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Before They Were UFOs
October 21, 2008 12:00 PM   Subscribe

Before They Were UFOs, back when the only flying objects were arrows, birds, and clouds, how did people describe them?

[via a comment by Zed_Lopez]
posted by not_on_display (52 comments total) 15 users marked this as a favorite

 
Chariots of the Gods!
posted by Artw at 12:11 PM on October 21, 2008


Hallucinations.
posted by LarryC at 12:24 PM on October 21, 2008


Mass-insanity
posted by Thorzdad at 12:26 PM on October 21, 2008


What were trailer parks called before they were trailer parks?
posted by bondcliff at 12:28 PM on October 21, 2008


Gypsey encampments.
posted by Artw at 12:33 PM on October 21, 2008 [3 favorites]


I like the descriptions from the Wiki. Also interesting to learn the etymology of "Foo fighters".
posted by Marisa Stole the Precious Thing at 12:40 PM on October 21, 2008 [3 favorites]


My goodness, this interweb has something for everyone!
posted by DenOfSizer at 12:46 PM on October 21, 2008 [1 favorite]


What did people fashion protective mindgear out of before there was aluminum foil?
posted by not_on_display at 12:50 PM on October 21, 2008


Cold iron
posted by Artw at 12:53 PM on October 21, 2008 [1 favorite]


7 out of 9 comments merit snark classification level 1. Snark proportionality levels dangerously low. Recommendation: More snark.
posted by lyam at 1:00 PM on October 21, 2008 [2 favorites]


Occam's Razor is Cold Iron.

Example: Remember that British guy from last week? It couldn't be that the British military was testing something on one of their own pilots, could it? Isn't that more likely than, say, a omnipotent alien superpower that likes to buzz our planet?

I'd like a mouse made out of cold iron.
posted by ewkpates at 1:03 PM on October 21, 2008


Mystery airships.
posted by daniel_charms at 1:12 PM on October 21, 2008


*points*
Ugh! Ugh ugh ugh! Uuuuugggghhhhh!!
posted by Smedleyman at 1:20 PM on October 21, 2008 [1 favorite]


And "close" encounters were angels or faeries.

(this is an odd post. also: where did the last hour go, and where are my clothes?)
posted by Durn Bronzefist at 1:21 PM on October 21, 2008 [1 favorite]


Earliest Gods, and then later on God. A bit later UFOs. Now anomalies. Tomorrow, Gods.
posted by Elmore at 1:23 PM on October 21, 2008


For the LAST time: they're not UFOs.

They're Time Travellers.

From the past
posted by mazola at 1:27 PM on October 21, 2008 [1 favorite]


(Y’know, if you mentally switch Sir Walter Scott for Hunter S. Thompson as the voice in your head for “Redgauntlet” it works pretty well some places - “Your wife's a witch, man; you should nail a horse-shoe on your chamber-door.” etc - “ ‘What has your family done, sir, thus to draw down the vengeance of Heaven on every branch of it, through so many ages?’”)
posted by Smedleyman at 1:31 PM on October 21, 2008 [1 favorite]


Not sure I get it . . . as soon as you have the concept of stars as other, distant places, and the knowledge of what boats are, you've got all the mental equipment to imagine spaceships.
posted by arcanecrowbar at 1:36 PM on October 21, 2008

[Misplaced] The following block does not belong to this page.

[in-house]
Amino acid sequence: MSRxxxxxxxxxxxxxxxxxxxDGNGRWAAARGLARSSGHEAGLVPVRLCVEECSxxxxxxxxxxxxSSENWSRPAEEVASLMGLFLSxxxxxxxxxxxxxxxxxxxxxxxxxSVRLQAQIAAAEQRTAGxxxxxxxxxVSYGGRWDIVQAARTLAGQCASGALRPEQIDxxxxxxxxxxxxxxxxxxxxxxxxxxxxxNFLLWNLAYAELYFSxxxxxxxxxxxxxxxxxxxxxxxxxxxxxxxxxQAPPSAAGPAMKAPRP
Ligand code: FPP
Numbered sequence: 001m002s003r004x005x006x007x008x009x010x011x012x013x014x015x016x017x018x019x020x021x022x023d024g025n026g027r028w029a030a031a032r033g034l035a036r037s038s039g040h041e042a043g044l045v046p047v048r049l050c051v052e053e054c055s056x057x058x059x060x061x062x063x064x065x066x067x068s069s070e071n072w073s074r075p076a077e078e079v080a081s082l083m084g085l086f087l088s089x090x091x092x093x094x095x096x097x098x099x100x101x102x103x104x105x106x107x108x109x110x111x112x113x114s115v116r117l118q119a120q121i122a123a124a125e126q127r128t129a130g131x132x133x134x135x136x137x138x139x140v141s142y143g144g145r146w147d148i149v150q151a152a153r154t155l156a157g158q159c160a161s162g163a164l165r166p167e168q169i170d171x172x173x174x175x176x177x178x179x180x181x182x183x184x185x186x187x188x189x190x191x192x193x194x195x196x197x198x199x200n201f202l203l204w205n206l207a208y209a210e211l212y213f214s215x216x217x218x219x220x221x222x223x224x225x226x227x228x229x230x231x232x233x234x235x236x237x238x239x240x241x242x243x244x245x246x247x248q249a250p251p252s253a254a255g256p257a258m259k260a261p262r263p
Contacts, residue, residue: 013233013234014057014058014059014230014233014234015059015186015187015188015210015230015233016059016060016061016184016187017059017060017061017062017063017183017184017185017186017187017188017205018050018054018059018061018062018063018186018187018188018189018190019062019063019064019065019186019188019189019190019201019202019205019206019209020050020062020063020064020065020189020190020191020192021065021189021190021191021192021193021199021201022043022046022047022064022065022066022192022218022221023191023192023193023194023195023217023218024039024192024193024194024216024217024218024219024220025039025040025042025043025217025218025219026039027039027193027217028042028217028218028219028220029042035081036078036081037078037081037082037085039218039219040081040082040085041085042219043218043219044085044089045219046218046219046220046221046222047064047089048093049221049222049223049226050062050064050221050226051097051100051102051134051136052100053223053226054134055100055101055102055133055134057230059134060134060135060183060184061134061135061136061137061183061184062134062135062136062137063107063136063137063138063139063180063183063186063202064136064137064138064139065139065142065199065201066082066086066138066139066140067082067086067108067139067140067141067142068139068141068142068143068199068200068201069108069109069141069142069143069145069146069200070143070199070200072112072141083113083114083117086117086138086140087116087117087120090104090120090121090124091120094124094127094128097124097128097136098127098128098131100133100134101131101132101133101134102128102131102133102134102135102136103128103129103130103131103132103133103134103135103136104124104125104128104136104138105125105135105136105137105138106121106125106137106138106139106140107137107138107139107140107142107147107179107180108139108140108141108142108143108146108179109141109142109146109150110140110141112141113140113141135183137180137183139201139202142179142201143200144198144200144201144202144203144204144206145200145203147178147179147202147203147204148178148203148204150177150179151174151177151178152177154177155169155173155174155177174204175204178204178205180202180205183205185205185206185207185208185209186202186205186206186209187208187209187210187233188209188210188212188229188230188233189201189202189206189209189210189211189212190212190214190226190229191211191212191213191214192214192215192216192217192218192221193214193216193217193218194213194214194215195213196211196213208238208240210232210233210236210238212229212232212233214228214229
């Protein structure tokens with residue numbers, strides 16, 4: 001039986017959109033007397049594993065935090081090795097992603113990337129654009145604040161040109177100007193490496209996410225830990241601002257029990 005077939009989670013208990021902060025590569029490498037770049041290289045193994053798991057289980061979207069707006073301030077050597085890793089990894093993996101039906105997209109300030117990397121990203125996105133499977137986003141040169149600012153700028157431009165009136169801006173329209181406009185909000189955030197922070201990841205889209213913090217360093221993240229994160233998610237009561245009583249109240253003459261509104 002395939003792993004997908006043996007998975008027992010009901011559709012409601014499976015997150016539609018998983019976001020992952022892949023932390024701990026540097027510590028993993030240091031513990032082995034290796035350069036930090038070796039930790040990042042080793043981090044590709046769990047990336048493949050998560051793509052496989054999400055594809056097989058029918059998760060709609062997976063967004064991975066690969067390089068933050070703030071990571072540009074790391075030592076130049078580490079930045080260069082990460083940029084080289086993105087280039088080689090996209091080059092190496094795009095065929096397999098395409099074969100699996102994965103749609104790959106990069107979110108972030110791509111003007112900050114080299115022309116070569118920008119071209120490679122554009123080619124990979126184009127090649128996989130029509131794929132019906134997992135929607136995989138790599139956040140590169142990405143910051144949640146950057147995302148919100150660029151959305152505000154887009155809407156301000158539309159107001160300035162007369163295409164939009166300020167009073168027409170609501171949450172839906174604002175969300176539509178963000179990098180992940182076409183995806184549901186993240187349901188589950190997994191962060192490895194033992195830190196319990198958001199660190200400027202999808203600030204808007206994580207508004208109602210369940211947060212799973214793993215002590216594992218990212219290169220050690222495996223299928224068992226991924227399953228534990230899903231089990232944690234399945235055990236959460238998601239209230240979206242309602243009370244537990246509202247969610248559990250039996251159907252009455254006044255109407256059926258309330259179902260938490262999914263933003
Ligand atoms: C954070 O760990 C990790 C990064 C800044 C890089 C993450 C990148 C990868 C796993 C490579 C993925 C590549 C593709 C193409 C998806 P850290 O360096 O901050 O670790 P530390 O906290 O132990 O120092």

Where's that chart showing how people describe alien visitors, going back to the mid-1800s IIRC?
posted by BaxterG4 at 1:52 PM on October 21, 2008




Oh, aliens. Before they were Kelly-Hopkinsville Goblins, what did we call them?

A: Great Horned Owls.
posted by Solon and Thanks at 2:08 PM on October 21, 2008


What did people fashion protective mindgear out of before there was aluminum foil?

The Inquisition.
posted by johnj at 2:15 PM on October 21, 2008 [1 favorite]


I love how everybody always describes abductions in this sexual way. But then look back and you have the incubus and sucubus, before little green men were probing us the bad spirits were doing it too!

Oh and another thing, assuming our visitors from other planets are completely different species, why would they look at us and think, "I want to probe that!" (baw chika wow wow). I think we can generally assume that sexiness is species specific for most well rounded individuals.

Oh, but wait, the gods we have created always want to nail us too! (Or in the case of Christianity, the god sends some peon to tell you you've been nailed and you didn't even know!)

So in summation: we're fucked up and projecting our fear of sexuality and fear of the unknown.

And now I think I will duck my head for fear of the what comments may follow.
posted by Belle O'Cosity at 3:17 PM on October 21, 2008 [2 favorites]


In spite of people laughing at this topic I'm interested in it. Thanks for the post not_on_display. Those are marvelous descriptions:

In 1902
innumerable little lights gleaming, ranged step-fashion over one another; and they shone so brilliantly that the eye was dazzled. But what still more confused the sight was, that they did not keep still, but jumped about here and there, as well as downwards from above as vice versa, and in every direction. The greater part of them, however, remained stationary, and beamed on.


In 1870
a large oval light, stationary. It appeared to be composed of a large number of irregularly shaped, differently sized stars, yet so closely packed as to form one light, yet giving the whole a sort of dappled appearance.

In 1865
It appeared like a serpent, of symmetrical form, and of such brightness as to impress me with the idea of solidity: it was coiled up.

In 1784
a brilliant tremulous light appeared to the N.W. by N.

At first it seemed stationary, but soon burst from its position, and took its course to the S.E. by E. passing directly over their heads with a buzzing noise, at the height of sixty yards. Its tail seemed to be twenty-four or thirty feet in length. At last it divided into several glowing balls of fire. Two explosions were then heard. The light was the most vivid the Doctor had ever seen. The horses on which they rode shrunk with fear, and the utmost consternation appeared in the countenances of several people whom they met on the road.


I love that, "utmost consternation". Such a good phrase.

One site I came across, in doing that post on Indian royalty, suggests that people described UFOs in pictures from ancient times on: Some examples.

UFO Pictures 1870-1959

This video is amusing: UFO crash site allegedly filmed by the Russian KGB during March of 1969 in the Sverdlovsk region of Russia.
posted by nickyskye at 3:23 PM on October 21, 2008 [3 favorites]


Sorry, that was off topic.